We've all heard of the "death rattle," the last gasp from a lost soul's lungs. Sometimes, we seem to hear it from the companies in which we invest. Revenues dry up. Margins contract. Profits evaporate. All these signs suggest that their condition is worsening -- a financial death rattle, if you will.

Stocks in sickbay
Don't assume that all such companies are goners. Some will barely cling to life, while others will make a full recovery. Here, however, we're seeking companies that have all but given up the ghost.

For help, we'll turn to the clever coroners at our 145,000-strong Motley Fool CAPS community, where members give the thumbs-up or thumbs-down to some 5,300 stocks. We've unearthed a handful of stocks that look like they might be headed six feet under, based on their one-star CAPS ratings.

Now we'll palpate their pulse with some quick tests for liquidity. Who knows? Maybe we'll still find some signs of life! The current ratio and quick ratio (also called the "acid test" ratio) give us an idea of a company's ability to pay its bills, and the Altman Z-Score suggests companies in danger of bankruptcy. Companies scoring 3.00 and above are considered safe, between 2.70 and 2.99 are "yellow flags," between 1.80 and 2.70 have a good chance of going bankrupt within two years, and those with scores below 1.80 might mean that the cryptkeeper is waiting.

Here's today's list. Already burdened by one-star CAPS ratings, are these companies only mostly dead, or have they already given up the ghost?


Current Ratio

Acid-Test Ratio

Altman Z-Score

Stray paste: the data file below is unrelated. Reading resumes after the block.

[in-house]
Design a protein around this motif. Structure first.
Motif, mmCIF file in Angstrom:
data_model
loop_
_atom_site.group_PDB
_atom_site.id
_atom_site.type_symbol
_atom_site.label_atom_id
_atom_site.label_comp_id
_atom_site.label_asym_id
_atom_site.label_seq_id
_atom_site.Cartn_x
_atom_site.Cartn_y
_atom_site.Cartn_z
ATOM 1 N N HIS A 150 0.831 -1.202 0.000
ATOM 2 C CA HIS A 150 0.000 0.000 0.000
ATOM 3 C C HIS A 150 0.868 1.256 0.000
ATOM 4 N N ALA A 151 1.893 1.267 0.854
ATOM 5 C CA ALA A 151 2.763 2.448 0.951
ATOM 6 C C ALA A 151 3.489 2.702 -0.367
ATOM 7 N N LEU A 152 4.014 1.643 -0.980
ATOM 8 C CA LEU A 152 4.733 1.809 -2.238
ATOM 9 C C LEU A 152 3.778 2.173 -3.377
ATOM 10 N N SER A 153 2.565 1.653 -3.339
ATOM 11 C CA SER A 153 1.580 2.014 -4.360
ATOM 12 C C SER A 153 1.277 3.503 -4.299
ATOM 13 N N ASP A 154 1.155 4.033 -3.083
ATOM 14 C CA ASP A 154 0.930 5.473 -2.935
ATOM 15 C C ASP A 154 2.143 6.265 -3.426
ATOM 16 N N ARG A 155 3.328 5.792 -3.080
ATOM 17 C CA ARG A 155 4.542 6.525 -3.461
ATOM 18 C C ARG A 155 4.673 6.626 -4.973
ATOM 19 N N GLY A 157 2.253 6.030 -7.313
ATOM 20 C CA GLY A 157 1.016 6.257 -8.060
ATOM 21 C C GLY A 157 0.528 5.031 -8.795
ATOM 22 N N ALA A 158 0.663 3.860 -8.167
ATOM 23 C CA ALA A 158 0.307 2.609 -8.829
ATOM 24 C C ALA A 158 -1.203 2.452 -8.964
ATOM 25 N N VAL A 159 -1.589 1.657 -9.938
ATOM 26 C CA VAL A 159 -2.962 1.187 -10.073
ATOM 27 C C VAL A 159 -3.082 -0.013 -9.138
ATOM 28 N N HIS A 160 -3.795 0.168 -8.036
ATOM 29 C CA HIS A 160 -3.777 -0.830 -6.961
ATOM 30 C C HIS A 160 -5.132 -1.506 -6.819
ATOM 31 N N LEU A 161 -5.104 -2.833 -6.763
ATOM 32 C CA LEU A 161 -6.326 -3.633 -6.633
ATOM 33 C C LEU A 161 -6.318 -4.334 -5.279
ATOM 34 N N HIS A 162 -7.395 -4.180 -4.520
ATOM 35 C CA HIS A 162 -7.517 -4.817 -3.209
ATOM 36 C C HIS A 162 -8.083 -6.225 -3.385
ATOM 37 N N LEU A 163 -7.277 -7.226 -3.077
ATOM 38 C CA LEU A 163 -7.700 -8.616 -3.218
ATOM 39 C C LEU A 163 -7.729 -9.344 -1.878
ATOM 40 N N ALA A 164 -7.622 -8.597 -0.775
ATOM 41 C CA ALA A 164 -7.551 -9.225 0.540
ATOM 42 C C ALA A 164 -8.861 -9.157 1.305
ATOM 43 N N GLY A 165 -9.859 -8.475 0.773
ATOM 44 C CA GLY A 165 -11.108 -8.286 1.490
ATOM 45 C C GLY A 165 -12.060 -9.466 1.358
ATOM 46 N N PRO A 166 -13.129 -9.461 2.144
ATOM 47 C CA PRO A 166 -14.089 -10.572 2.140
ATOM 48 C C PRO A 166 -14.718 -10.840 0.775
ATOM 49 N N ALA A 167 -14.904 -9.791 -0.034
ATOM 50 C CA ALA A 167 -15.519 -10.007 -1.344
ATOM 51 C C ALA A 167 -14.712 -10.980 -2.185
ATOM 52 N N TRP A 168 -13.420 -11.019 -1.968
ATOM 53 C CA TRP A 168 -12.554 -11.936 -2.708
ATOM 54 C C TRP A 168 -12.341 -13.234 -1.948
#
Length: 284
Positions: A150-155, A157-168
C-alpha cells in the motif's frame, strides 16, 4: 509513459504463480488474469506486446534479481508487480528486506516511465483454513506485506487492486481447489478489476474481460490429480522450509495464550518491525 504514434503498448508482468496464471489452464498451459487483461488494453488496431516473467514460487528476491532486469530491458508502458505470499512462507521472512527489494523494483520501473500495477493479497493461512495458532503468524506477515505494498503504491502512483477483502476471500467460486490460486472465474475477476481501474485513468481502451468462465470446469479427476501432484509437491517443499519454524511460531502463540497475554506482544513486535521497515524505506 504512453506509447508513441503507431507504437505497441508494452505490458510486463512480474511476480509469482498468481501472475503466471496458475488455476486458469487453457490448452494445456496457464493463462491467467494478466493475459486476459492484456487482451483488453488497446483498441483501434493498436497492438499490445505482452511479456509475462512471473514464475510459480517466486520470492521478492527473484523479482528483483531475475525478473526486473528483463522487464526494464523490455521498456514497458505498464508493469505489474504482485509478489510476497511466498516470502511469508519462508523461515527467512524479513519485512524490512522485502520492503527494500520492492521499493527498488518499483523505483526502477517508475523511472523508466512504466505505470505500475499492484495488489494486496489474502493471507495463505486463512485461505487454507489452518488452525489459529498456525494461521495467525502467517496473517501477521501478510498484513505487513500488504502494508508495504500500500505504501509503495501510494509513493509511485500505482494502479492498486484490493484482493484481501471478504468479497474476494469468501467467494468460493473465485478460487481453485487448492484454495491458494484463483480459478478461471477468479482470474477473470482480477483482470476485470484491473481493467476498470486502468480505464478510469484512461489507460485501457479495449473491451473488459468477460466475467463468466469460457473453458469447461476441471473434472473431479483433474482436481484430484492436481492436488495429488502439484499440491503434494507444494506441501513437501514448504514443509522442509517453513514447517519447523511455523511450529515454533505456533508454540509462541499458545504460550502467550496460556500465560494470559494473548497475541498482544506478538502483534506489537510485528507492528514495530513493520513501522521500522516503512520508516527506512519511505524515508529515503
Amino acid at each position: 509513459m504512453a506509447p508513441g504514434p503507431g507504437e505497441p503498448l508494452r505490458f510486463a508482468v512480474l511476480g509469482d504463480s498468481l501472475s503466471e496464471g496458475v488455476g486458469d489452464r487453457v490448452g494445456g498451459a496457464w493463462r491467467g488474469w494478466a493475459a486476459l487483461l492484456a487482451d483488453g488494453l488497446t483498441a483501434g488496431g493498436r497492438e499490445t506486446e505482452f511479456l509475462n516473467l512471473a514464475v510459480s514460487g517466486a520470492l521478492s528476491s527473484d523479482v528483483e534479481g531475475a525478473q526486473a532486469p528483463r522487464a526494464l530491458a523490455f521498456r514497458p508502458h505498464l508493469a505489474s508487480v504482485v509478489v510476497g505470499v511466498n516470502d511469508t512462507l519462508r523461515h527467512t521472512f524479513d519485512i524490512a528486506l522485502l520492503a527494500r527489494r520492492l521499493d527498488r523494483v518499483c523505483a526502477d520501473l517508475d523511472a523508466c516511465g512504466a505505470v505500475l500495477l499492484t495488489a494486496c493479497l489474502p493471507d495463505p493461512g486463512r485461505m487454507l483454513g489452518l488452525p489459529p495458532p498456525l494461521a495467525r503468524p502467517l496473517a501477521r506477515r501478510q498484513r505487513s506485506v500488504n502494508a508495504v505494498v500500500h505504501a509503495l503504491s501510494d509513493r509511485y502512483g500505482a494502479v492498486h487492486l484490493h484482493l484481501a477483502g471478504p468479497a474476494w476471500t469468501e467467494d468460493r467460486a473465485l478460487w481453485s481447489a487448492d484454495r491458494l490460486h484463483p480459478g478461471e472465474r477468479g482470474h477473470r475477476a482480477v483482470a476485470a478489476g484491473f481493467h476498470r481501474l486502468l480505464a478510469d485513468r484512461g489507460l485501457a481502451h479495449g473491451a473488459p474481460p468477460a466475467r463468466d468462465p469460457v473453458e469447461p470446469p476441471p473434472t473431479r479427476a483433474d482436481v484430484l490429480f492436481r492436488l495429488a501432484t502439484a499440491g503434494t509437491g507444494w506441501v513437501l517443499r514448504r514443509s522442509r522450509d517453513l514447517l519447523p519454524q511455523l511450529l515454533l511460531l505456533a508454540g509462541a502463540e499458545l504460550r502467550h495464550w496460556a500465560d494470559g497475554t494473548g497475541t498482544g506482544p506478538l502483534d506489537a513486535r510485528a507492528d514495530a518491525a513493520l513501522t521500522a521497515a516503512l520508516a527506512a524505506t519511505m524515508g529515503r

Recent Price

Origin Agritech (NASDAQ:SEED)





Lexmark International (NYSE:LXK)





Macerich (NYSE:MAC)





Marriott International (NYSE:MAR)





Valassis Communications (NYSE:VCI)





Source: Capital IQ, a division of Standard & Poor's.

We obviously don't know whether these companies are headed six feet under, so don't short them based on their appearance here. Moreover, some companies, like software makers and financials, don't neatly fit into the Altman Z-Score scale. We'll use the CAPS community as our Charon-like guide across the River Styx, in hopes of determining whether these stocks are destined to seriously underperform the market.

Whistling past the graveyard
A short case can be made for Chinese seed maker Origin Agritech. But now that it's gotten the green light from the Chinese government to market its genetically modified corn seed, the company seems unlikely to go out of business anytime soon. I just wouldn't expect shares to keep outperforming.

Roughly 40.8% of the CAPS members rating the stock believe it will underperform the broader market averages. But kleio bucks that trend, arguing that Origin has a leg up on rivals like Monsanto (NYSE:MON):

This company genetically modifies feed for mainly corn and rice. Staple for China. Gov will likely approve locally modified seeds vs. those of Cargill.

Moreover, the European Union, which hasn't exactly been friendly toward genetically modified foods, recently approved Syngenta's (NYSE:SYT) GMO maize seed. Although Origin Agritech sells its seeds wholly in the Chinese market, if the EU begins to approve more GMO goods, it could end up giving Origin a new market to target.

As I noted in my own bearish CAPS pitch last month, China has a lot of excess seed inventory to work through. New opportunities abroad might just help it accomplish that.

Rattling the cage
Are these companies doomed to drag their investors into an underworld of underperformance? Or will they be resurrected to stalk the markets once again? It pays to start your own research on these stocks on Motley Fool CAPS. Read a company's financial reports, scrutinize key data and charts, and examine the comments your fellow investors have made all from a stock's CAPS page. Sign up today, absolutely free, and let us know whether you think the Grim Reaper's at the door.

Syngenta is a Motley Fool Global Gains recommendation. Monsanto is one from Global Gains. Try any of our Foolish newsletter services free for 30 days.

Fool contributor Rich Duprey does not have a financial interest in any of the stocks mentioned in this article. You can see his holdings here. The Motley Fool's disclosure policy remains vibrant and full of life.